There is a strand, an emotional arc involving Thor, where the balance between comedy and pathos strains to tip too far in one direction, but Chris Hemsworth manages to keep things just in check.

There might also be an argument to be made that some of the solutions (and yes, I’ll avoid details) lead to a little head-scratching which will no doubt fuel fan arguments for months to come.

It’s also fair to say that while all previous Marvel films have strived to pay-off for both casual viewers and fans, Avengers: Endgame, rightly, is full-on about resolution, and therefore will probably leave newbies wondering what the heck is going on. But after ten years, that’s perfectly right and fair. And earned.

But these are very minor negative points in what can only really be considered as Marvel’s crowning achievement.

Avengers: Endgame not only gives you everything you could possibly have wanted from this finale, but also gives you so much more in terms of narrative twists and turns, satisfying emotional arcs, thematic pay-offs for threads linking almost every single Marvel film and genuine surprises, particularly for those of us who’ve been along for the ride for the past decade.

And while there are plenty of seeds for the next Phases of Marvel movies (interestingly, Phase 3 officially ends with Spider-Man: Far From Home, in July), you’d better believe this is the end, beautiful friend.

“My God…” “…zilla.” King of The Monsters’ Final Trailer

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“This is Godzilla’s world. We just live in it.” Legendary & Warner Bros have just dropped the final trailer for Mike Dougherty’s Godzilla: King Of The Monsters and the Godzilla-ness has been dialled up to 11.  Feast your peepers on this…

Featuring a slew of other monsters (including fellow Toho mates, Mothra, Rodan and ultimate baddie, King Ghidorah) this looks set to firmly cast the Big G in a more heroic light and promises some mighty kaiju-on-kaiju action. Oh, and there are a bunch of good actors in it, but you probably don’t need to know that.

I will go to my grave defending Gareth Edward’s 2014 Godzilla (despite its obvious faults) and I’m super excited to see where Dougherty takes things up in this seemingly amped-up sequel (which is also a sequel to 2017’s Kong: Skull Island, and a set up for next year’s Godzilla vs Kong).

Grab your popcorn and get ready to rumble, as Godzilla: King Of The Monsters is released on May 30th.

The Rise of Skywalker Trailer Is Here!

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If ever there was an instance of me not needing to write a single thing for a piece, I guess this is it – the teaser trailer for Star Wars: Episode 9 – The Rise of Skywalker…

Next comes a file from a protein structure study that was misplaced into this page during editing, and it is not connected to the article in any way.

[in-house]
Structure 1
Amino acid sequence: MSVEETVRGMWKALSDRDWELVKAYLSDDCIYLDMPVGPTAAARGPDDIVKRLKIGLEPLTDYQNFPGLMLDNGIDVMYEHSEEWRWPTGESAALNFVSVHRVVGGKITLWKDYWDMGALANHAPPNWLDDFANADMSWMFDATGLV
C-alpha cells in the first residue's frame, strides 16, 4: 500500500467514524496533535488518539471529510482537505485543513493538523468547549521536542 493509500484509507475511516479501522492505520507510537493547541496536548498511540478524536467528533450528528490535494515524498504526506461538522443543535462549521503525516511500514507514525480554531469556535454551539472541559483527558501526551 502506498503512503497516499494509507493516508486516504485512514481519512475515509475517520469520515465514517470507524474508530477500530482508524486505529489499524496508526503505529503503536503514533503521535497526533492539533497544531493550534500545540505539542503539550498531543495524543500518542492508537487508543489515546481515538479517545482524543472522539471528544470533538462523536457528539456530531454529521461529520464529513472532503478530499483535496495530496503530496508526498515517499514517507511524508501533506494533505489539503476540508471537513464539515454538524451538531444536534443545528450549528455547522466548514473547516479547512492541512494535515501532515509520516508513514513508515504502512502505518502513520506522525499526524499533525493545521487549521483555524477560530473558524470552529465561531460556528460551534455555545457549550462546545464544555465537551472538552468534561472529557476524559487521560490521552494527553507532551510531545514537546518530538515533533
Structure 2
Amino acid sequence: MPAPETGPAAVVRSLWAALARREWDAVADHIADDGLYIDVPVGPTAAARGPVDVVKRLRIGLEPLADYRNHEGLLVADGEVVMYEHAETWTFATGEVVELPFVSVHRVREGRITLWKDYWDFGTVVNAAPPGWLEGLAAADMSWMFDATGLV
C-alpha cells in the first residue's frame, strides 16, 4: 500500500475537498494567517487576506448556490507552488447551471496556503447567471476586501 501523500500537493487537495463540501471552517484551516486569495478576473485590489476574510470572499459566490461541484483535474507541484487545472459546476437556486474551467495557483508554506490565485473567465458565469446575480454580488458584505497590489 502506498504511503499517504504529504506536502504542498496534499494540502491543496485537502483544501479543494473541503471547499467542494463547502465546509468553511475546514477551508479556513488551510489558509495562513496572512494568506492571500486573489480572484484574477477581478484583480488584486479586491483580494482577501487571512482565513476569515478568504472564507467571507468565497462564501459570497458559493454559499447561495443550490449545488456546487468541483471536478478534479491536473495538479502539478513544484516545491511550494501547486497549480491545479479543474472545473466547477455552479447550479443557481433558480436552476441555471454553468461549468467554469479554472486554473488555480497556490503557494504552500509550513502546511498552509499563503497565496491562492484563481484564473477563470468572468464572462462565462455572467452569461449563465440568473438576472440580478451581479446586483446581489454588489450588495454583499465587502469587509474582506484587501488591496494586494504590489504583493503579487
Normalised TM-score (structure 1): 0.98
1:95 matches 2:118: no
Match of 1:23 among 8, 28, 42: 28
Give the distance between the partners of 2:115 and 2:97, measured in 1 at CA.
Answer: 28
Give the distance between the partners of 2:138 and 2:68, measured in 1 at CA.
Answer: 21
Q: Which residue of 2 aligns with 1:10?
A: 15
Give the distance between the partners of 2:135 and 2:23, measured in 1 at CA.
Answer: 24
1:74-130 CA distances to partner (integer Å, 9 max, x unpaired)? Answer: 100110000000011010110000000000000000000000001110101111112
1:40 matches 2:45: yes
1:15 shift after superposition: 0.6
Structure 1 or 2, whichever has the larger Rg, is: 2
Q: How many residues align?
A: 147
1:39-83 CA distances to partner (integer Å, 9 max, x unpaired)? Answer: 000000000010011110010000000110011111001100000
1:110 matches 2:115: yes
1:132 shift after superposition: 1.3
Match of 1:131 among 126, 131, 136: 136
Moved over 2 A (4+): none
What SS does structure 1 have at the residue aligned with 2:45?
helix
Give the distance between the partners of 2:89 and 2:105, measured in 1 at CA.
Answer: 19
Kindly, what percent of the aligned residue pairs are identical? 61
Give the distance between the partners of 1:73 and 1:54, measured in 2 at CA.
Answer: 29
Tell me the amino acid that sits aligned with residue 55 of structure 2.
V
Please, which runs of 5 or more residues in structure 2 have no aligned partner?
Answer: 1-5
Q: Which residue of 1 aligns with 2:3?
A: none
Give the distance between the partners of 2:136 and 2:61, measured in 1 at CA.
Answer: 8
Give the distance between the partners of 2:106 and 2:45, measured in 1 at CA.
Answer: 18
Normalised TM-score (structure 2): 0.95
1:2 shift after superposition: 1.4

Just launched at Star Wars Celebration in Chicago, this teaser will be sure to have us all speculating like crazy, I know I already am.

We’ll discuss the film in more detail when a fuller trailer hits, but for now let’s just gear ourselves up for December and the end of the nine film Skywalker saga.  But hey, BILLY DEE WILLIAMS AS LANDO CALRISSIAN, EVERYBODY!

Star Wars opens on December 19th.

Disney + Targets Your Wallet With New Marvel TV Shows

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As reported here on Out Of Dave’s Head last September, Disney/Marvel are planning a bunch of limited run TV shows with characters from the Marvel Cinematic Universe, played by their respective movie actors, to help the entire world decide to subscribe to its new streaming channel, Disney +, launching in late 2019.

Alongside the already announced shows for Loki (with Tom Hiddleston) and Scarlet Witch (with Elisabeth Olsen), word came down the pipeline recently of a Falcon & Winter Soldier show (starring Anthony Mackie and Sebastian Stan).

Now Variety are reporting that Marvel are developing a Hawkeye limited series, running six to eight episodes and starring Jeremy Renner as the titular archer.

The article also says that the show will introduce the character of Kate Bishop, who became Hawkeye’s replacement for a while in the comic books, before going on to share the codename with Hawkeye’s alter-ego, Clint Barton.

The shows, to be produced by Marvel Studios and Kevin Feige, are expected to have larger budgets to similar television projects, and will be much more closely tied-in with the Marvel movies than the previous runs of Netflix shows, including Daredevil and Jessica Jones.

The channel launches with new shows from Marvel, Monsters Inc. (also featuring original voices, Billy Crystal and John Goodman), High School Reunion and, of course, the two highly anticipated live-action Star Wars shows, The Mandalorian and the Rogue One tie-in adventures of Cassian Andor, starring Diego Luna.

So I suggest submitting your will to Disney and giving them all your money now. Resistance will be futile as Disney take one more step towards world domination of your viewing habits.

Avengers: Endgame Trailer Most Exciting Yet!

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Marvel have just dropped a “special look” (i.e. a trailer) to announce tickets for Avengers: Endgame going on sale worldwide. And oh boy, is it good…

The trailer… sorry, special look… has sent the internet into meltdown as it moves away from the dour feel of the previous two into something far more heroic and finally gives us our reintroduction to Josh Brolin’s big purple bad guy. Hang on, that sounded weird…

That this will be the culmination of 22 movies is quite the feat for Marvel and for fans (…hello…) it’s bound to be an emotional experience, before we head off into uncharted territory with the Phase 4 films (if you can call sequels to Spider-Man, Black Panther and Captain Marvel uncharted, of course).

Avengers: Endgame is released on 26th April for the rest of you poor schlubs, and two days before for us lucky so-and-sos here in Norway. So expect much crowing (but no spoilers, promise) on the 24th.

Also, expect the film to make all the money.